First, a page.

Must Know High School Biology - Kellie Ploeger Cox 2019

Eukaryotic Cells and Their Organelles


Image Organelles create internal compartments that allow cells to increase in complexity.

When a cell grows too big, it runs into a problem—its surface-area-to-volume ratio decreases. This means that there isn’t enough membrane (the surface area) to deal with the large amount of cytoplasm (the volume). The cell membrane is the interface between the inside of the cell and the surrounding environment, so it’s very important that there’s enough membrane to deal with all the goings-on inside the cell. Keeping this in mind, it makes sense that by compartmentalizing the cell (our must know for this chapter), there is an increase in “surface” to deal with all that the cell needs to do. These compartments are the organelles of the eukaryotic cell. Organelles create smaller spaces for “microenvironments,” meaning an organelle can create conditions within it that are different from other areas of the cell. Organelles can store things, they can have a pH other than the peaceful 7 (neutral) of most cells’ interiors, and they can stockpile enzymes for specific functions. This compartmentalization allowed cells to grow in complexity because it now has these different little “rooms” in which separate events could occur.


Each organelle performs a very specific function in the eukaryotic cell, and is only able to do so because it is a smaller compartment that can create special conditions within it. The nucleus, for example, is fondly called the brain of the cell because it houses the DNA (and thus controls the cell’s functions). The nuclear membrane surrounds the nucleus and, unlike the outer cell membrane, it is riddled with holes called nuclear pores. These pores allow movement of “messages” (mRNA, which you will learn about in Chapter 11) between the DNA and the protein-producing ribosomes waiting in the cytoplasm. The number of ribosomes in a cell correlate with the amount of proteins the cell needs to make. Ribosomes can be floating around freely in the cytoplasm, waiting for instructions to make proteins that the cell intends to keep and use. Ribosomes that are stuck onto the endoplasmic reticulum, however, make proteins that are destined for export out of the cell.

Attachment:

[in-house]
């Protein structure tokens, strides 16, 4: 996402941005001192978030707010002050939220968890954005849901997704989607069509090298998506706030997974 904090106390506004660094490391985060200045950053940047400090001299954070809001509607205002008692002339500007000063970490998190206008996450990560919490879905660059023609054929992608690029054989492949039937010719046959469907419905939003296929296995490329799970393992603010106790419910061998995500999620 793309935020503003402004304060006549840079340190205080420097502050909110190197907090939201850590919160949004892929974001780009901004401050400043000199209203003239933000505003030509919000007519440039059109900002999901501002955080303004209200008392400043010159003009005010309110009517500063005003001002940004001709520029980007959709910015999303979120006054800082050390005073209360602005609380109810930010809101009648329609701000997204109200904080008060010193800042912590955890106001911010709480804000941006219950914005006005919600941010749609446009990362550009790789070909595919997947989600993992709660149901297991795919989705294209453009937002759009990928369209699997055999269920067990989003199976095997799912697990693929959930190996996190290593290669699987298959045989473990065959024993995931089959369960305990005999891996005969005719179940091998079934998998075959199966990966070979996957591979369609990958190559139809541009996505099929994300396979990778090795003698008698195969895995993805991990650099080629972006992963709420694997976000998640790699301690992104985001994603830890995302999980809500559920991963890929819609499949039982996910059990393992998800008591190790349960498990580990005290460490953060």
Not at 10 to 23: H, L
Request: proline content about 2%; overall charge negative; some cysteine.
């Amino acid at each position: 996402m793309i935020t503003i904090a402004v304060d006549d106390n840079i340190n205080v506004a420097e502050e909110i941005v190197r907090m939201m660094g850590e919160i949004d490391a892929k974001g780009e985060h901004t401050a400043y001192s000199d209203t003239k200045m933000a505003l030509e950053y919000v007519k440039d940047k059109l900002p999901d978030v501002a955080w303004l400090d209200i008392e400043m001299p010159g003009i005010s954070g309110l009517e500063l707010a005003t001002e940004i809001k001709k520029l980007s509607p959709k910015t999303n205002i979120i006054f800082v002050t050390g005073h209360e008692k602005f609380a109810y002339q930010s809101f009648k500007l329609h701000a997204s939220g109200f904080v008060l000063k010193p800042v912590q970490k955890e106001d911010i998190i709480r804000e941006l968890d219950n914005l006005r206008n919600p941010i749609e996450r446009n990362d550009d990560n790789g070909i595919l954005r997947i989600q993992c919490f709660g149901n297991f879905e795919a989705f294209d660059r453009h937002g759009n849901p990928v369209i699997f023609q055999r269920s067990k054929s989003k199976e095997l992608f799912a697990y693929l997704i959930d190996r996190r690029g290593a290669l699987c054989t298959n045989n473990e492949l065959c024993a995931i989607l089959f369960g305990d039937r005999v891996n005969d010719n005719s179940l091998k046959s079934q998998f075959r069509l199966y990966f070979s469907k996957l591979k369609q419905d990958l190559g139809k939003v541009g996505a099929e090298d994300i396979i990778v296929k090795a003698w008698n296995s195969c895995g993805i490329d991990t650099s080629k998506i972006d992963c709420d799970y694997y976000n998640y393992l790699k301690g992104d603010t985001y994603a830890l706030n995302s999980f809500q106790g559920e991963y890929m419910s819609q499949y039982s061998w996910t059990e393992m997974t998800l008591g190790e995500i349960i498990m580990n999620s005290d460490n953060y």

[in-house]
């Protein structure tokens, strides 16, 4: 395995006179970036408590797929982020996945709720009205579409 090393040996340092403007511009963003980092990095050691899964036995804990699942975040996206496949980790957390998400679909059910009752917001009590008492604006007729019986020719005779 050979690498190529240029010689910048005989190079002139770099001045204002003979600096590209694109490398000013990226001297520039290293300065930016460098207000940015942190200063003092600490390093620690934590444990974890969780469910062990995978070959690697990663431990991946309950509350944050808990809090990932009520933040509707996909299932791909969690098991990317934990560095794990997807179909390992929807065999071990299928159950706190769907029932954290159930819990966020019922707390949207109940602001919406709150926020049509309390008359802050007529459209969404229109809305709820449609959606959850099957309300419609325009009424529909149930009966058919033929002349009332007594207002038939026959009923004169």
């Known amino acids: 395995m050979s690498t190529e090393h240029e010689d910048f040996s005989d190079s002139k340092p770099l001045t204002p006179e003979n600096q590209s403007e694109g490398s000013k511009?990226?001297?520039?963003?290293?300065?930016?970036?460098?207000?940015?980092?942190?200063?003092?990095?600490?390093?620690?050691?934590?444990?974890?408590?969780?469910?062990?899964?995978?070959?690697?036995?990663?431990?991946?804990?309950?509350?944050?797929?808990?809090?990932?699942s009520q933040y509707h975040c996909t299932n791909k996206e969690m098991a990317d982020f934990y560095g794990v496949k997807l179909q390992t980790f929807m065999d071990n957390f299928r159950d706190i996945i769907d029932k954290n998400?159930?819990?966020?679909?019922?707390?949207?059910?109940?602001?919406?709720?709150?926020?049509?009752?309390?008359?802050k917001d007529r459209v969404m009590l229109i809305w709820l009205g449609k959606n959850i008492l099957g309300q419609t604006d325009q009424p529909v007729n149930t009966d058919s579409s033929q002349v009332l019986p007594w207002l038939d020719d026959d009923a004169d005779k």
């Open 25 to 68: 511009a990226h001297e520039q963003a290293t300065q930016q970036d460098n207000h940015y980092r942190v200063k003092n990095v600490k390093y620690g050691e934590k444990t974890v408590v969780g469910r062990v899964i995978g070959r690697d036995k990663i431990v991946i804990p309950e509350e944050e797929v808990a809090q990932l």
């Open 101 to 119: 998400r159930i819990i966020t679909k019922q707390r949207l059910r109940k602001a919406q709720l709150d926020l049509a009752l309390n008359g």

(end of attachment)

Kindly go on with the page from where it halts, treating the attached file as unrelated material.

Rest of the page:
The endoplasmic reticulum (ER) is an extensive network of membranes surrounding the nucleus. There is a ton of ER; almost half of a eukaryotic cell’s membranes compose the ER! Two types of ER differ in both structure and function: the smooth ER and the rough ER. The rough ER (rER) looks rough because it has a constant supply of ribosomes stuck onto it. These ribosomes are constantly grabbing on to the rough ER and letting go; the ribosomes that latch onto the rough ER do so because they have instructions to make a protein destined for export out of the cell. The rough ER has the special role to help create proteins for export; the ribosomes thread their protein into the inner cavity (the lumen) of the rough ER.

The rough ER will then bleb off a tiny vesicle that contains this protein, and send it on the beginning of its journey. A cell that specializes in exporting massive amounts of proteins tends to have a large amount of rER to help it do its job. The pancreas is an organ that makes many important types of hormones and digestive enzymes, including insulin. The pancreas’s beta cells make and export insulin; beta cells, therefore, have a high amount of rough ER to help expedite the process.

The rough ER has an organelle cousin called the smooth ER. The smooth ER (sER) lacks ribosomes, so it does not play a role in protein production. The sER, however, still has a number of important purposes, depending on the cell type in which it resides. Primarily, the sER makes more membranes for the cell (a worthy task, considering that organelles are made of membranes). The sER also plays a role in detoxification. The sER creates a space in which many catabolic enzymes can be concentrated. Alcohol and other drugs can stimulate the synthesis of more sER, and thus leads to an increased tolerance to these drugs, since they are broken down quicker. This highly active sER can also, unfortunately, wipe out and remove some types of antibiotics and other helpful medicines.


The term lumen refers to a cavity of some sort. We will use the term again when we talk about the lumen of the small intestine and capillaries!



Think about this. If the smooth ER is used in detoxification, can you hypothesize what cell types would tend to contain a larger amount of smooth ER? To figure this out, think of the human body as a whole. What organs specialize in removing nasty things from circulation? The skin, the lungs, the kidneys … and the liver! The liver, specifically, carefully checks the blood and looks for poisons and other toxins. Liver cells, therefore, have a high amount of smooth ER to help them do their jobs. This is also why there is no need to go on a “detox diet.” Your body is the result of millions of years of evolution; it can detox your blood better than any lemon-and-honey smoothie.

Remember those proteins created by ribosomes on the rough ER? These are the proteins destined for places other than the cell in which they were created. Considering that this protein has some specific target and purpose, it needs directions; these directions are provided by the Golgi apparatus (or Golgi body). The Golgi apparatus is responsible for taking freshly made proteins, modifying them (such as adding tiny sugar molecules or phospholipids), and then sending them to their final destination. Cells that specialize in secretion (such as our pancreatic beta cells) have a high number of Golgi bodies hanging around.